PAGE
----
Flaming Lips' Coyne Talks State Song Flap, Singing About Orgasms for Madonna Cover

April 27, 2009 2:03 PM ET

Oklahoma will finally name the Flaming Lips' "Do You Realize??" the Official State Rock & Roll Song at a ceremony tomorrow afternoon in the psych-rock group's home state, where Govenor Brad Henry will sign an executive order confirming the selection. This follows a controversial few days for the band: the Oklahoma House of Representative sought to overrule the Senate's unanimous vote when the group's Michael Ivins showed up to the Capitol last month wearing a T-shirt emblazoned with Communist imagery of a sickle and hammer. Lips frontman Wayne Coyne insists the whole thing was blown out of proportion and Ivins did not have any subversive intentions.

"I think it points out the petty desperation that some minority of religious wackos are trying to make it seem like [we have a communist] agenda, which we don't," Coyne tells Rock Daily. "Honestly, it's just a dumb shirt. We're not Communists." Still, Coyne is thrilled about receiving the honor. "There was this feeling that when 'Do You Realize??' was named the state song last month, people thought, 'I didn't think Oklahoma was that cool of a place!" says Coyne. "And I thought that was a pretty cool thing. I don't want people to think Oklahoma is a bunch of hillbillies."

In other Lips news, the group recently put out a mind-blowing music video for their stunning cover of Madonna's "Borderline," which the crew recorded this year to celebrate the 50th Anniversary of Warner Bros., home to Madonna and the Lips. (The song was also released on a limited-edition seven-inch record for Record Store Day — watch the video above.) The Lips teamed up with Coyne's nephew's band, Stardeath and White Dwarfs (also signed to Warner), and filmed the psychedelic, visual-effects-heavy clip in the band's warehouse space in Oklahoma.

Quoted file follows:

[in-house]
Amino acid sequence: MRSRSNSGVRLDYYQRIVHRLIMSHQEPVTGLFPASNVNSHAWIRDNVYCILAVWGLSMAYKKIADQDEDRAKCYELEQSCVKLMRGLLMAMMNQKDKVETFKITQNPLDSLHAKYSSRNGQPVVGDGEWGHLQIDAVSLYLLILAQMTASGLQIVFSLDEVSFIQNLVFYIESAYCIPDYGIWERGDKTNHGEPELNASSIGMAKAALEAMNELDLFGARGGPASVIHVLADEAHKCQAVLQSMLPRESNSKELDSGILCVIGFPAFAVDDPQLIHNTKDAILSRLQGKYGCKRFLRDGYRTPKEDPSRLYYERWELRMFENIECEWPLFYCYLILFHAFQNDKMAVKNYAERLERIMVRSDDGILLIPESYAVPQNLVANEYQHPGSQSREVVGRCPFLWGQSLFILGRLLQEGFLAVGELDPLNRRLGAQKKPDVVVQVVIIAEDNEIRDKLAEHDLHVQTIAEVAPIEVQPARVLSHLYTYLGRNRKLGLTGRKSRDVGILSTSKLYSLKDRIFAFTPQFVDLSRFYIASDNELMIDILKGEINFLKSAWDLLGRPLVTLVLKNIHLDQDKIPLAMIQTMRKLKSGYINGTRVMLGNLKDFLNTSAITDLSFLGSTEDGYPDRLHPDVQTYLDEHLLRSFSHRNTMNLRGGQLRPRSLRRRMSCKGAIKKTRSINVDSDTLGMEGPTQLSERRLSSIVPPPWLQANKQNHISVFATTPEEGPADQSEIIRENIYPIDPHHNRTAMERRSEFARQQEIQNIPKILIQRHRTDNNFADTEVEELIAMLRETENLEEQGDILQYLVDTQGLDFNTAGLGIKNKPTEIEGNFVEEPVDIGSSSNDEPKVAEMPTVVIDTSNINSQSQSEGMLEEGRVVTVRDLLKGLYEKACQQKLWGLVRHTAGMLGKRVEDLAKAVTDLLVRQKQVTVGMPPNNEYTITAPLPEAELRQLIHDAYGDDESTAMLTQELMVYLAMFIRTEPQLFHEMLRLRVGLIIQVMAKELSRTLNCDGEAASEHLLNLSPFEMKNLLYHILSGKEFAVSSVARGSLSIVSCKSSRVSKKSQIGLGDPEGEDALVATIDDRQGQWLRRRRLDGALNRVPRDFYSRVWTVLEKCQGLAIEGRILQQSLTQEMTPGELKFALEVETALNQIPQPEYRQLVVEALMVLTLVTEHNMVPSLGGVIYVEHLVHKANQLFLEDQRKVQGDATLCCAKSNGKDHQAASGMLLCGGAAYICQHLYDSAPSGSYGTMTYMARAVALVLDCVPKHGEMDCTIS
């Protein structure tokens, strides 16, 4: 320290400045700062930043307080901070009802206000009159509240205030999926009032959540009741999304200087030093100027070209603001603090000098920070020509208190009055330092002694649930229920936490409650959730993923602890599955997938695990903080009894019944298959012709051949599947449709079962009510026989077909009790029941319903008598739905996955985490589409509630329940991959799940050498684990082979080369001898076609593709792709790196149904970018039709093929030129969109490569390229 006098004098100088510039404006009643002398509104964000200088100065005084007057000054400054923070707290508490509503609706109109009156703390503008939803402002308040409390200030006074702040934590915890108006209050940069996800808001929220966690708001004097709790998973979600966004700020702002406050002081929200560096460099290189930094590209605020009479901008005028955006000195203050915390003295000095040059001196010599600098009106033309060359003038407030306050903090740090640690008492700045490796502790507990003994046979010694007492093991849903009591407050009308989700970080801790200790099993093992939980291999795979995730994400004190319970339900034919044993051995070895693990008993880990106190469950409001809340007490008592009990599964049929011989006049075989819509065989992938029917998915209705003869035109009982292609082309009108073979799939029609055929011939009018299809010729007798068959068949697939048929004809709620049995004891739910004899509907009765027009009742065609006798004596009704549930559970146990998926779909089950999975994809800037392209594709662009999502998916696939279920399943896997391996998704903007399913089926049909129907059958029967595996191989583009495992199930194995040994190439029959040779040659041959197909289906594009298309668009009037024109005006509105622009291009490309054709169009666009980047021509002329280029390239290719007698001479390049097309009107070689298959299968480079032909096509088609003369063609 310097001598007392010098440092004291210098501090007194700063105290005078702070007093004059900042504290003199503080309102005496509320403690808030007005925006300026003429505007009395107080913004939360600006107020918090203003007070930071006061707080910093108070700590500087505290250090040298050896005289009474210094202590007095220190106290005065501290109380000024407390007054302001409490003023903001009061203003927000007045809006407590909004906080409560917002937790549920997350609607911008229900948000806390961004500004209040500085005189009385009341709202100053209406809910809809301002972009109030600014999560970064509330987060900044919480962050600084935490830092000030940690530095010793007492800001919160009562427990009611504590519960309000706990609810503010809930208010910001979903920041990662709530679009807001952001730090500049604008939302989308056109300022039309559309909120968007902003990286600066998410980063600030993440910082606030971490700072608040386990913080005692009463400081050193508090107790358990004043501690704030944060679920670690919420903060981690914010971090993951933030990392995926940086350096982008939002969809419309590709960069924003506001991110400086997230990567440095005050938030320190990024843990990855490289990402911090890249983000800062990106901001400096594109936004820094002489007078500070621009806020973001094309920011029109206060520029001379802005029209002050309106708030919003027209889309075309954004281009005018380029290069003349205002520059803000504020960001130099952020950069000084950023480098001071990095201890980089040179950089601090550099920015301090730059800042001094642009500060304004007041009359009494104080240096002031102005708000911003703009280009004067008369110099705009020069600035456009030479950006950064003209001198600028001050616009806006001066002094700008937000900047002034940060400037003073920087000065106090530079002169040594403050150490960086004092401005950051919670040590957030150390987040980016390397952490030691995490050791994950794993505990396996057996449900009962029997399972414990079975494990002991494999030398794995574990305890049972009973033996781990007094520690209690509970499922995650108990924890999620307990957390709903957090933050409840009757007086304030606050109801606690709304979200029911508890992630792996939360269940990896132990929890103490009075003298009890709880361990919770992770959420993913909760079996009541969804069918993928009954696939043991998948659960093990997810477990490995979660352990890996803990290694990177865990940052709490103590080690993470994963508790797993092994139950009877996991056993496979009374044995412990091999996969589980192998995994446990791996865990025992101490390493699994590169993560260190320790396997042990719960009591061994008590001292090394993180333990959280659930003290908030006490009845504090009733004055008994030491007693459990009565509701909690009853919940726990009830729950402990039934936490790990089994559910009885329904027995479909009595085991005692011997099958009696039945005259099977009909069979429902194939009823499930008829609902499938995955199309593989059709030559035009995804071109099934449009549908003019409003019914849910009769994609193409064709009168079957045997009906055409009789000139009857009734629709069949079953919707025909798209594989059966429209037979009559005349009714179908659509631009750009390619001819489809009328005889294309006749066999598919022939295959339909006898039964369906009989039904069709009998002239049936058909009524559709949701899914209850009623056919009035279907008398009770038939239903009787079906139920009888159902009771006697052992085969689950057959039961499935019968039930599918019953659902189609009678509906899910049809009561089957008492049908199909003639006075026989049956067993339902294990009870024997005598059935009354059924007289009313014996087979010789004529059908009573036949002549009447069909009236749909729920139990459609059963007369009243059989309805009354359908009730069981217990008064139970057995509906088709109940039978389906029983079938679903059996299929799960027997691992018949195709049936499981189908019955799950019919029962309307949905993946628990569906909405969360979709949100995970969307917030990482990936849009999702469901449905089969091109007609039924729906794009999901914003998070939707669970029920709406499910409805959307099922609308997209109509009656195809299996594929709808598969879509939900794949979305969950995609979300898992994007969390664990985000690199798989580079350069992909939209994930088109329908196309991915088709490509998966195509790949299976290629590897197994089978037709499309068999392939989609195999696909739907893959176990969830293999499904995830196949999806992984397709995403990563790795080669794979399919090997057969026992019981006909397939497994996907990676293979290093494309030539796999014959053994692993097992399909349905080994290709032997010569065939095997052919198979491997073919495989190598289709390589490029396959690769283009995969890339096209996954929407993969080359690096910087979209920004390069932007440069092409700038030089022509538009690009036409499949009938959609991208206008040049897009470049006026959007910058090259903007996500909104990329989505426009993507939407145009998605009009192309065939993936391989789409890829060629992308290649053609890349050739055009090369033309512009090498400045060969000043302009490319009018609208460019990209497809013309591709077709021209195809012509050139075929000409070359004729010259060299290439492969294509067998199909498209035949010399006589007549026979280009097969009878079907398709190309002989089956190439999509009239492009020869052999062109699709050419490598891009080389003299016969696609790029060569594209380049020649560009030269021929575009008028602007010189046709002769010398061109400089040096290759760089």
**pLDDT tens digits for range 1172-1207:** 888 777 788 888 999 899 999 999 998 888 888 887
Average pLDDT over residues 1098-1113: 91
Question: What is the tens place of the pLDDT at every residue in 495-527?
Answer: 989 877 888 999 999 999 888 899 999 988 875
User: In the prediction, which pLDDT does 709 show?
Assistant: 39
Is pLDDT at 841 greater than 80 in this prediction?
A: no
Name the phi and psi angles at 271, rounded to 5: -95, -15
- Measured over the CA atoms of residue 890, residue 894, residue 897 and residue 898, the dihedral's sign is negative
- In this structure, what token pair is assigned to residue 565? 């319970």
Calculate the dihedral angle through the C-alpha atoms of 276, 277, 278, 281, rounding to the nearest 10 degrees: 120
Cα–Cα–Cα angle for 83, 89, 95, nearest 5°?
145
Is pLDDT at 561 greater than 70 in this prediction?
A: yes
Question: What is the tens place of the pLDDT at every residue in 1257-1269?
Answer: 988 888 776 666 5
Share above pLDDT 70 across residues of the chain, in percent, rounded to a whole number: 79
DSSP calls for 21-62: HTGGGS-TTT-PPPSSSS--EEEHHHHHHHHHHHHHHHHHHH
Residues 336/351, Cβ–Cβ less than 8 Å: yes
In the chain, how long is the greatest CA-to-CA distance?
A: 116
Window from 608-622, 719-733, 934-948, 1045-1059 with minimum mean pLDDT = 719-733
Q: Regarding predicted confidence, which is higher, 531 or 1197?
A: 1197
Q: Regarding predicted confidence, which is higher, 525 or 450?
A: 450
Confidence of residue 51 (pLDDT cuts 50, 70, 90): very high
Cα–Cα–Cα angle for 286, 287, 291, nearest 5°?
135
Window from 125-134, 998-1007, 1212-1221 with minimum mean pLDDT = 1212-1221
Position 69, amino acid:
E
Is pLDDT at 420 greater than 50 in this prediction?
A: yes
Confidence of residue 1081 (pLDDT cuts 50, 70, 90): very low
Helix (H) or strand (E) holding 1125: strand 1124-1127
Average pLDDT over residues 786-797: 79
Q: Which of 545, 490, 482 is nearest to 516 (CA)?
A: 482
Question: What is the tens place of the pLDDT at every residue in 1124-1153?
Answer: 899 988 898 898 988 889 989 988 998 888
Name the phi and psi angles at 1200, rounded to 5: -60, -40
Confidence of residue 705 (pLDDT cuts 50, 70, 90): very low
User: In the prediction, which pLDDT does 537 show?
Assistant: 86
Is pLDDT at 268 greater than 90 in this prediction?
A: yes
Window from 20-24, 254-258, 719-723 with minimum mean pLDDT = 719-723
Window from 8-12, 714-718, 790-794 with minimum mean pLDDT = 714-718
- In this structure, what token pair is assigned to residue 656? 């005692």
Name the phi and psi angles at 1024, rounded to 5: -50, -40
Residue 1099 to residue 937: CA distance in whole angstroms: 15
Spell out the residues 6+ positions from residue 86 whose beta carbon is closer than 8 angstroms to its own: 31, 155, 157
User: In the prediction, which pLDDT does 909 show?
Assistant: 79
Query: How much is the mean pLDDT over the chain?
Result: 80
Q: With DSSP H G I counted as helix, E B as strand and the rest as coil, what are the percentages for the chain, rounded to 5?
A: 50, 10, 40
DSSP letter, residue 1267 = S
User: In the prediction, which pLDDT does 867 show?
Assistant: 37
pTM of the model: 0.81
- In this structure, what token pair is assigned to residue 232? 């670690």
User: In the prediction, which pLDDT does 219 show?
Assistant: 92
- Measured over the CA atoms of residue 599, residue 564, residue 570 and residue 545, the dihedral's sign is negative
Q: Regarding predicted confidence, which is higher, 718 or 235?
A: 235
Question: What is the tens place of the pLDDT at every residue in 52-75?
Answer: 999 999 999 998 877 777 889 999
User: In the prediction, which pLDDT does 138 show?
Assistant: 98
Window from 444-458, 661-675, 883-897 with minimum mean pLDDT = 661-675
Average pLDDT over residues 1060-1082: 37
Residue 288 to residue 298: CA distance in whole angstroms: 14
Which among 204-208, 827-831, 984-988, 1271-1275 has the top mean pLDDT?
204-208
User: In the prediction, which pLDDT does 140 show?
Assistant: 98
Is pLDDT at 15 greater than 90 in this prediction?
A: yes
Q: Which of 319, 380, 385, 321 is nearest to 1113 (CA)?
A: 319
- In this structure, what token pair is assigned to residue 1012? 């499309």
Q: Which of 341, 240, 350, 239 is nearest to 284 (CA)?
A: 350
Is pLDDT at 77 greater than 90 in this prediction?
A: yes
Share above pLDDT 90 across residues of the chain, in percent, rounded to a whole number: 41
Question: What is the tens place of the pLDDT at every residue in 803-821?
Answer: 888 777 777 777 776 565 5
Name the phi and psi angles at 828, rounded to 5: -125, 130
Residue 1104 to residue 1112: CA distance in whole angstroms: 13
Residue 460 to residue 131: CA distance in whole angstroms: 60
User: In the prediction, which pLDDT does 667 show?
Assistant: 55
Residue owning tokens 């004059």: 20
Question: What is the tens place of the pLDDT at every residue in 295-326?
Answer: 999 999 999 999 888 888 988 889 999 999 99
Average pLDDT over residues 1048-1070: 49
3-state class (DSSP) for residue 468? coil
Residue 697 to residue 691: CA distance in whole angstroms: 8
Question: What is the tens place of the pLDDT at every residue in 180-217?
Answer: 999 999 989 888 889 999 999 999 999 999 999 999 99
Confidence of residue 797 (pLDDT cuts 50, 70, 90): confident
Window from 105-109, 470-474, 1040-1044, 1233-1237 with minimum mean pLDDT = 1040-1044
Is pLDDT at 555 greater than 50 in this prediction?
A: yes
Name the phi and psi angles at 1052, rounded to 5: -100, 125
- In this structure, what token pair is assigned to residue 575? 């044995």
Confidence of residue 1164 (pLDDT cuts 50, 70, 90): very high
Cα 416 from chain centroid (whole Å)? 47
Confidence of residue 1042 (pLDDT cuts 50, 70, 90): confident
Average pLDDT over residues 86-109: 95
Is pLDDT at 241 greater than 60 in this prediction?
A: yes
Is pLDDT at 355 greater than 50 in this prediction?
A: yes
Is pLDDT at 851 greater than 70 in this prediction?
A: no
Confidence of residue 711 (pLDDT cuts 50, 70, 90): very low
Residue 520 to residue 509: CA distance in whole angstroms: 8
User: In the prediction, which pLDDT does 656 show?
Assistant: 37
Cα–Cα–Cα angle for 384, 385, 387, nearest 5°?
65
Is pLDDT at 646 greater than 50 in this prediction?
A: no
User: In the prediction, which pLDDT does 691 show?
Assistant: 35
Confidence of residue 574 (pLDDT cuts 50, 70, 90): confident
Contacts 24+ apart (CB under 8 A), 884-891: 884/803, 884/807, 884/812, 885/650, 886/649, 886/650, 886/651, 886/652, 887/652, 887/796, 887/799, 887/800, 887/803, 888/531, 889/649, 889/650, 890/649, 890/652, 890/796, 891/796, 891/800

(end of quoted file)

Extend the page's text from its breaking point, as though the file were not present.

The group originally intended to cover Prince's "Purple Rain," but were rebuffed when they discovered His Purpleness doesn't allow artists to cover his tracks. "Our next idea was to do this Madonna song because we were in this Eighties mode," Coyne says. But Coyne admits he was embarrassed a bit when Lips producer Dave Fridmann egged him into an interpretation of the song's meaning. "I think she's singing about orgasms," says Coyne. "You know, she's talking about reaching the borderline and whoever this man is, he's trying to make her orgasm and gets her right close but then isn't able to do it. Everyone I talk to didn't know that! And then I realized how ridiculous it is for a 40-year-old man to be singing about orgasms."

The Flaming Lips are currently cutting their highly-anticipated follow-up to 2006's At War With the Mystics with Fridmann, which Coyne hopes to release sometime this spring or summer (read more about it in our Spring Music Preview). "We're about nine songs into what we're trying to make a double album," says Coyne. "Next week we're trying to finish up the rest of the 17 songs."

Related Stories:

Flaming Lips' "Do You Realize??" Voted Official Oklahoma Rock Song
Flaming Lips Give Earth Day on the Mall an Otherworldly Spin in Washington, DC
Okies From Outer Space

To read the new issue of Rolling Stone online, plus the entire RS archive: Click Here

Music Main Next
Around the Web
Powered By ZergNet
Daily Newsletter

Get the latest RS news in your inbox.

Sign up to receive the Rolling Stone newsletter and special offers from RS and its
marketing partners.


We may use your e-mail address to send you the newsletter and offers that may interest you, on behalf of Rolling Stone and its partners. For more information please read our Privacy Policy.

Song Stories

“Wake Up Everybody”

John Legend and the Roots | 2010

A Number One record by Harold Melvin and the Bluenotes in 1976 (a McFadden- and Whitehead-penned classic sung by Teddy Pendergrass) inspired the title and lead single from Wake Up!, John Legend's tribute album to message music. The more familiar strains of "Wake Up Everybody" also fit his agenda. "It basically sums up, in a very concise way, all the things we were thinking about when we were putting this record together in that it's about justice, doing the right thing and coming together to make the world a better place," he said. Vocalists Common and Melanie Fiona assist Legend on this mission to connect.

More Song Stories entries »